“Be Not Afraid”: Service As A Priest In Communist Poland And America

Joseph Tokarczyk


Father Joseph Tokarczyk was born in Krasnystaw, Poland in February 1954. His father was a builder who owned a small farm, and his mother stayed at home to raise two boys and work the farm. The farm had belonged to his grandfather, who left the land to his son. Father Joe credits small, privately owned farms for helping Poland survive communism. When Father Joe was a child, there was no electricity in the house, which was lit by kerosene lanterns. His father grew two types of tobacco on the farm, Virginia and Pulaski, and Father Joe remembers pulling tobacco leaves as a boy. He enjoyed playing soccer, and remembers watching President Kennedy’s funeral and the moon landing on TV (there was one television in the community and neighbors gathered to watch important events). Recalling the Nazi and Soviet occupations of Poland, Father Joe notes that “the geographical location of Poland is horrible.” When the Nazis occupied Poland, people were more afraid of the Ukrainian Nazis than the Germans. When the Soviets took over, they seized the large farms, but left the small ones to the people. Father Joe recalls going to school every day under the communist regime, but not having food. There was nothing in the stores. He remembers people standing in line all night to get chicken, but when the chicken ran out, people left hungry and angry. He also recalls that “you couldn’t travel. Unless you were a party member, you couldn’t go to Russia.” When votes were held, one voted only for the satisfaction of voting; the winner was predetermined. Growing up, Father Joe learned music in school and became a soloist. He played the piano, accordion, guitar, and drums. He joined a band and every weekend they played “anything popular.” He was living the rock and roll lifestyle, making money, driving a motorcycle, and dating girls – lots of girls. In the early 70s, he received a wakeup call. He met a young priest who was also a musician. This priest wore jeans and cowboy boots and had long hair, and the communists did not like him. The priest encouraged him to attend the Catholic University of Lublin, but Father Joe resisted, saying he was comfortable with his lifestyle. Eventually, Father Joe was convinced, and after a harrowing motorcycle ride with the young priest on the back, he made it to the Catholic University. As a child, attending church had been important to Father Joe, and he remembers walking to church, even though the government did not want you to attend Mass. During the communist era, the Soviets were the ones who gave building permits and no new churches were built. Party members were not even allowed to go to church, but some did in secret, to be married in the church or baptize children covertly. They did so even though the punishment for discovery was severe. During this period of repression, the church was trying to help people, and many priests died or were sent to jail for standing up for their faith (here he shares the story of Saint Maximilian Kolbe, who died in Auschwitz to save another prisoner). At the Catholic University, one of his professors was Father Karol Josef Wojtyla – later Saint Pope John Paul II, who became the Pope immediately before Father Joe was ordained. He remembers Pope John Paul II telling the people of Poland, “Be not afraid!” Father Joe says, “He brought us freedom.” Before the collapse of the Iron Curtain, Father Joe traveled to Berlin with a religious group and he recalls the oppression there. “The Stasi were following you,” and it was worse than Poland. Even though freedoms were returning in Poland, observation by the government was increasing. Calling the agents “angels,” he remembers being followed and finding tape recorders in the church. Wanting to go “anywhere not communist,” he came to America in 1986 at the age of 32 after his cousin, a doctor, helped him get a passport. Arriving in New York, he was shocked by everything he saw, and especially that he could go into a store and get what he wanted. Initially, he got his start working at an electronics store for $3.25 per hour before resuming his work as a priest. The Polish bishop was upset at losing Father Joe, but he replied there were people to help over in America. He earned his citizenship in 1999 and notes that American citizenship “means you are free.” He still has a lot of Polish pride and frequently returns to Poland, even though New York is home now. Since coming to America, he has served Catholic communities in Manhattan, Staten Island, and Orange County. He ends the interview saying, “I became a Priest to serve people,” and “I love this country, this is my home.”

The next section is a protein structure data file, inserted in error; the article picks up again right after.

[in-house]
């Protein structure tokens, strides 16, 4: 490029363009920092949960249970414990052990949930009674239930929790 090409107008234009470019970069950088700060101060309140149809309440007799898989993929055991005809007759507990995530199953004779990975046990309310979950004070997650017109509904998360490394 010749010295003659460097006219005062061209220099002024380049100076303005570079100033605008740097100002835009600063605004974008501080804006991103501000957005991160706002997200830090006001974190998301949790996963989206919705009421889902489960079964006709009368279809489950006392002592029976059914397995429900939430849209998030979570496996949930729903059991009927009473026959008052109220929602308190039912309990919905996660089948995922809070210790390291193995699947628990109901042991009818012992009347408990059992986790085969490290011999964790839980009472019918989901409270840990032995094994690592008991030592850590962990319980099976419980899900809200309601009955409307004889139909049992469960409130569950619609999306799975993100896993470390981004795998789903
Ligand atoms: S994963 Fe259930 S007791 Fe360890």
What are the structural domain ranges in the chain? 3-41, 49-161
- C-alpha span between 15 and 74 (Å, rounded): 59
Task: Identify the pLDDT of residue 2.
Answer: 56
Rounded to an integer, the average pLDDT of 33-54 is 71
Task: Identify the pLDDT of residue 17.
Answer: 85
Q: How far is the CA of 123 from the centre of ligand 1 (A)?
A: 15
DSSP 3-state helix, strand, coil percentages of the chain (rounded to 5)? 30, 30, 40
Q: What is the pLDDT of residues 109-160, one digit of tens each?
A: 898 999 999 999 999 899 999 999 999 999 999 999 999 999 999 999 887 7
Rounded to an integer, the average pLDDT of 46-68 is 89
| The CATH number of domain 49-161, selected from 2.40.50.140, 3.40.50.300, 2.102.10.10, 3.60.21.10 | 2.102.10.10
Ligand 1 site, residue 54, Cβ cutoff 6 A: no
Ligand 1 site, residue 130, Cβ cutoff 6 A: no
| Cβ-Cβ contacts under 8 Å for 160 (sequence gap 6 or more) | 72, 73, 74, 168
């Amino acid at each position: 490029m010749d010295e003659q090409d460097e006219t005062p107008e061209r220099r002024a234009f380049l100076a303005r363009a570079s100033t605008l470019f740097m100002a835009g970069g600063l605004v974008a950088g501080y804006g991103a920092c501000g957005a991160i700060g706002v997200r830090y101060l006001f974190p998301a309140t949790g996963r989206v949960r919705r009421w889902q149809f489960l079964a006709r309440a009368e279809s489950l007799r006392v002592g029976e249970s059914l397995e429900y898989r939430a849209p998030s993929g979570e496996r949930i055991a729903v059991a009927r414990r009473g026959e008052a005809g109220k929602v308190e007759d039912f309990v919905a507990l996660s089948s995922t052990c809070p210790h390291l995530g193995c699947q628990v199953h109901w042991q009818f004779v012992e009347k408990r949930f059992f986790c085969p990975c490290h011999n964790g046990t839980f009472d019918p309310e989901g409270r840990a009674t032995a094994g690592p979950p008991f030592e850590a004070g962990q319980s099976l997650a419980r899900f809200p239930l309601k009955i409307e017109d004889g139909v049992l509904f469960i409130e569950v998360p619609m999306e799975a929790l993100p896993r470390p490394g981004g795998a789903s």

conflicts Cold War
topics Leadership Camaraderie Faith and Religion
interviewer David Siry
date 29 May 2024


name Joseph Tokarczyk
specialty Catholic Priest / Former Polish Rock Star